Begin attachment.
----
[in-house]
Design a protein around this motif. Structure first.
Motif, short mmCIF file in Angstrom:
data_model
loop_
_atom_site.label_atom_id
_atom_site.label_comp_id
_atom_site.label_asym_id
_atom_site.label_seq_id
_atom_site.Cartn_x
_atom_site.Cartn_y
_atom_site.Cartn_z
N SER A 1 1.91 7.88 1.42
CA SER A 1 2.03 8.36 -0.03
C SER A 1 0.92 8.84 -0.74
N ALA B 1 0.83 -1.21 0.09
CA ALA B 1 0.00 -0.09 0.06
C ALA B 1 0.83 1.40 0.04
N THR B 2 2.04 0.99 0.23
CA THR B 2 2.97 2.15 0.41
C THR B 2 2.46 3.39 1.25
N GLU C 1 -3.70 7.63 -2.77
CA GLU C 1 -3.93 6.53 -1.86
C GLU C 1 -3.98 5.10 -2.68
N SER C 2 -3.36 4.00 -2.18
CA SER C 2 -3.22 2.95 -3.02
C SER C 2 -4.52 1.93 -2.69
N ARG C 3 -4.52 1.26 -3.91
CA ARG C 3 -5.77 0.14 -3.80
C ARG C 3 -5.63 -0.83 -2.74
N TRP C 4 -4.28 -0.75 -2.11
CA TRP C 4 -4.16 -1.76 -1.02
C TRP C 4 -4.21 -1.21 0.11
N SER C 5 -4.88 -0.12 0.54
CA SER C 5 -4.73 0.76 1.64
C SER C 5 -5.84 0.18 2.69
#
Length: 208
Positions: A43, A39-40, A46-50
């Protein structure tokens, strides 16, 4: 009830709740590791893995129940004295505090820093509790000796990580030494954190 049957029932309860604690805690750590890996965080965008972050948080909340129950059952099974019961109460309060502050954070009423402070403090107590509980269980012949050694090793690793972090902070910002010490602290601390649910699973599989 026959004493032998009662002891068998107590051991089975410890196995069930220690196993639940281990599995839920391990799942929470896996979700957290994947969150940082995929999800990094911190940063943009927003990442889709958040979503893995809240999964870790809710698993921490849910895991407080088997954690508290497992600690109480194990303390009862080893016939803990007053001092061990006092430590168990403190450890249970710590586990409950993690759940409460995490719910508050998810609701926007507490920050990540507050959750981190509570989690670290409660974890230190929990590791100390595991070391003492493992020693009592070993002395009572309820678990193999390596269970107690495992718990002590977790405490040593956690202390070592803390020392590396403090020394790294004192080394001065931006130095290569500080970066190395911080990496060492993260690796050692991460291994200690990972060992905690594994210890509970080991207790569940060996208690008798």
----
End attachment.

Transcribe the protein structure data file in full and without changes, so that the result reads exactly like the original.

[in-house]
Design a protein around this motif. Structure first.
Motif, short mmCIF file in Angstrom:
data_model
loop_
_atom_site.label_atom_id
_atom_site.label_comp_id
_atom_site.label_asym_id
_atom_site.label_seq_id
_atom_site.Cartn_x
_atom_site.Cartn_y
_atom_site.Cartn_z
N SER A 1 1.91 7.88 1.42
CA SER A 1 2.03 8.36 -0.03
C SER A 1 0.92 8.84 -0.74
N ALA B 1 0.83 -1.21 0.09
CA ALA B 1 0.00 -0.09 0.06
C ALA B 1 0.83 1.40 0.04
N THR B 2 2.04 0.99 0.23
CA THR B 2 2.97 2.15 0.41
C THR B 2 2.46 3.39 1.25
N GLU C 1 -3.70 7.63 -2.77
CA GLU C 1 -3.93 6.53 -1.86
C GLU C 1 -3.98 5.10 -2.68
N SER C 2 -3.36 4.00 -2.18
CA SER C 2 -3.22 2.95 -3.02
C SER C 2 -4.52 1.93 -2.69
N ARG C 3 -4.52 1.26 -3.91
CA ARG C 3 -5.77 0.14 -3.80
C ARG C 3 -5.63 -0.83 -2.74
N TRP C 4 -4.28 -0.75 -2.11
CA TRP C 4 -4.16 -1.76 -1.02
C TRP C 4 -4.21 -1.21 0.11
N SER C 5 -4.88 -0.12 0.54
CA SER C 5 -4.73 0.76 1.64
C SER C 5 -5.84 0.18 2.69
#
Length: 208
Positions: A43, A39-40, A46-50
């Protein structure tokens, strides 16, 4: 009830709740590791893995129940004295505090820093509790000796990580030494954190 049957029932309860604690805690750590890996965080965008972050948080909340129950059952099974019961109460309060502050954070009423402070403090107590509980269980012949050694090793690793972090902070910002010490602290601390649910699973599989 026959004493032998009662002891068998107590051991089975410890196995069930220690196993639940281990599995839920391990799942929470896996979700957290994947969150940082995929999800990094911190940063943009927003990442889709958040979503893995809240999964870790809710698993921490849910895991407080088997954690508290497992600690109480194990303390009862080893016939803990007053001092061990006092430590168990403190450890249970710590586990409950993690759940409460995490719910508050998810609701926007507490920050990540507050959750981190509570989690670290409660974890230190929990590791100390595991070391003492493992020693009592070993002395009572309820678990193999390596269970107690495992718990002590977790405490040593956690202390070592803390020392590396403090020394790294004192080394001065931006130095290569500080970066190395911080990496060492993260690796050692991460291994200690990972060992905690594994210890509970080991207790569940060996208690008798």